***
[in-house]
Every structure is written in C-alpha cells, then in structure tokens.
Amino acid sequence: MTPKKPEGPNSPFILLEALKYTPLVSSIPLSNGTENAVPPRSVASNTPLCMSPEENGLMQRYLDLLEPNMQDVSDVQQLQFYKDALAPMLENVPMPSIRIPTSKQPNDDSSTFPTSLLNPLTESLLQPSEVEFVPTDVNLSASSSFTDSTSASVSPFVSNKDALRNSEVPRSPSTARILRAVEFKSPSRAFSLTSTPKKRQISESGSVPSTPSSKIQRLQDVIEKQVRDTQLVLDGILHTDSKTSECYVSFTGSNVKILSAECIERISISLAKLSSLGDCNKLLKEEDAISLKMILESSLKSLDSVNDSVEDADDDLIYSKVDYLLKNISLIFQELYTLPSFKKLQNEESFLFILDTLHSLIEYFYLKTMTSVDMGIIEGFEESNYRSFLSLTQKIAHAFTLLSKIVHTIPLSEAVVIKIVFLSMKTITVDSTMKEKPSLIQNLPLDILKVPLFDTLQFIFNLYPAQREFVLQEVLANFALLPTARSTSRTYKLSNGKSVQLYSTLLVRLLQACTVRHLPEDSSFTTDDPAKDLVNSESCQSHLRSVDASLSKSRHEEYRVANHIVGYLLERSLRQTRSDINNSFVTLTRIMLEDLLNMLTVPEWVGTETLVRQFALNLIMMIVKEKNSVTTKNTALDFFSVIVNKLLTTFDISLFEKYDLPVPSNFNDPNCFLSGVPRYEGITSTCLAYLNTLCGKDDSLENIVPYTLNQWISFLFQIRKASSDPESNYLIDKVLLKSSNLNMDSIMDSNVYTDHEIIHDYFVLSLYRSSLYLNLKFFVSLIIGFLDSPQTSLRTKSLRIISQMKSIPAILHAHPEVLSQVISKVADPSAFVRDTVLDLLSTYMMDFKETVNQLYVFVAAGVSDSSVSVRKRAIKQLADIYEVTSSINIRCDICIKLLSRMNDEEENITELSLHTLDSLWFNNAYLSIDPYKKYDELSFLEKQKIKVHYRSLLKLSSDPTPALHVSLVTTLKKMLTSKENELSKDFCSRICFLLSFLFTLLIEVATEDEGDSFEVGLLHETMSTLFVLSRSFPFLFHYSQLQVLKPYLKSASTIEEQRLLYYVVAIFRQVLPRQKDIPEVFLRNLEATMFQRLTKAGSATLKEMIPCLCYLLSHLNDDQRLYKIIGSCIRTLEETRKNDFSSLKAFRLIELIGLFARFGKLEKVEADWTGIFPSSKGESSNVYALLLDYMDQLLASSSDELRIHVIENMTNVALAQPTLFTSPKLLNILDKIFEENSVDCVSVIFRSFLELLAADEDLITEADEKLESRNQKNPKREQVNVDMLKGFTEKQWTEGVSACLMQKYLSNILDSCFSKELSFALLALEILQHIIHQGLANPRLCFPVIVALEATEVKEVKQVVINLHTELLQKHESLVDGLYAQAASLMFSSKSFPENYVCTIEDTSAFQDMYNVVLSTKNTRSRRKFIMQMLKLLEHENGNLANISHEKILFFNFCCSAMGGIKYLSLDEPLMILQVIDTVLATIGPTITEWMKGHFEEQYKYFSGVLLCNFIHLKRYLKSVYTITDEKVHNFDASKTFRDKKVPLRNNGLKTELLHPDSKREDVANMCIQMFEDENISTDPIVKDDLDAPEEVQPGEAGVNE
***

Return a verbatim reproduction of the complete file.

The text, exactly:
[in-house]
Every structure is written in C-alpha cells, then in structure tokens.
Amino acid sequence: MTPKKPEGPNSPFILLEALKYTPLVSSIPLSNGTENAVPPRSVASNTPLCMSPEENGLMQRYLDLLEPNMQDVSDVQQLQFYKDALAPMLENVPMPSIRIPTSKQPNDDSSTFPTSLLNPLTESLLQPSEVEFVPTDVNLSASSSFTDSTSASVSPFVSNKDALRNSEVPRSPSTARILRAVEFKSPSRAFSLTSTPKKRQISESGSVPSTPSSKIQRLQDVIEKQVRDTQLVLDGILHTDSKTSECYVSFTGSNVKILSAECIERISISLAKLSSLGDCNKLLKEEDAISLKMILESSLKSLDSVNDSVEDADDDLIYSKVDYLLKNISLIFQELYTLPSFKKLQNEESFLFILDTLHSLIEYFYLKTMTSVDMGIIEGFEESNYRSFLSLTQKIAHAFTLLSKIVHTIPLSEAVVIKIVFLSMKTITVDSTMKEKPSLIQNLPLDILKVPLFDTLQFIFNLYPAQREFVLQEVLANFALLPTARSTSRTYKLSNGKSVQLYSTLLVRLLQACTVRHLPEDSSFTTDDPAKDLVNSESCQSHLRSVDASLSKSRHEEYRVANHIVGYLLERSLRQTRSDINNSFVTLTRIMLEDLLNMLTVPEWVGTETLVRQFALNLIMMIVKEKNSVTTKNTALDFFSVIVNKLLTTFDISLFEKYDLPVPSNFNDPNCFLSGVPRYEGITSTCLAYLNTLCGKDDSLENIVPYTLNQWISFLFQIRKASSDPESNYLIDKVLLKSSNLNMDSIMDSNVYTDHEIIHDYFVLSLYRSSLYLNLKFFVSLIIGFLDSPQTSLRTKSLRIISQMKSIPAILHAHPEVLSQVISKVADPSAFVRDTVLDLLSTYMMDFKETVNQLYVFVAAGVSDSSVSVRKRAIKQLADIYEVTSSINIRCDICIKLLSRMNDEEENITELSLHTLDSLWFNNAYLSIDPYKKYDELSFLEKQKIKVHYRSLLKLSSDPTPALHVSLVTTLKKMLTSKENELSKDFCSRICFLLSFLFTLLIEVATEDEGDSFEVGLLHETMSTLFVLSRSFPFLFHYSQLQVLKPYLKSASTIEEQRLLYYVVAIFRQVLPRQKDIPEVFLRNLEATMFQRLTKAGSATLKEMIPCLCYLLSHLNDDQRLYKIIGSCIRTLEETRKNDFSSLKAFRLIELIGLFARFGKLEKVEADWTGIFPSSKGESSNVYALLLDYMDQLLASSSDELRIHVIENMTNVALAQPTLFTSPKLLNILDKIFEENSVDCVSVIFRSFLELLAADEDLITEADEKLESRNQKNPKREQVNVDMLKGFTEKQWTEGVSACLMQKYLSNILDSCFSKELSFALLALEILQHIIHQGLANPRLCFPVIVALEATEVKEVKQVVINLHTELLQKHESLVDGLYAQAASLMFSSKSFPENYVCTIEDTSAFQDMYNVVLSTKNTRSRRKFIMQMLKLLEHENGNLANISHEKILFFNFCCSAMGGIKYLSLDEPLMILQVIDTVLATIGPTITEWMKGHFEEQYKYFSGVLLCNFIHLKRYLKSVYTITDEKVHNFDASKTFRDKKVPLRNNGLKTELLHPDSKREDVANMCIQMFEDENISTDPIVKDDLDAPEEVQPGEAGVNE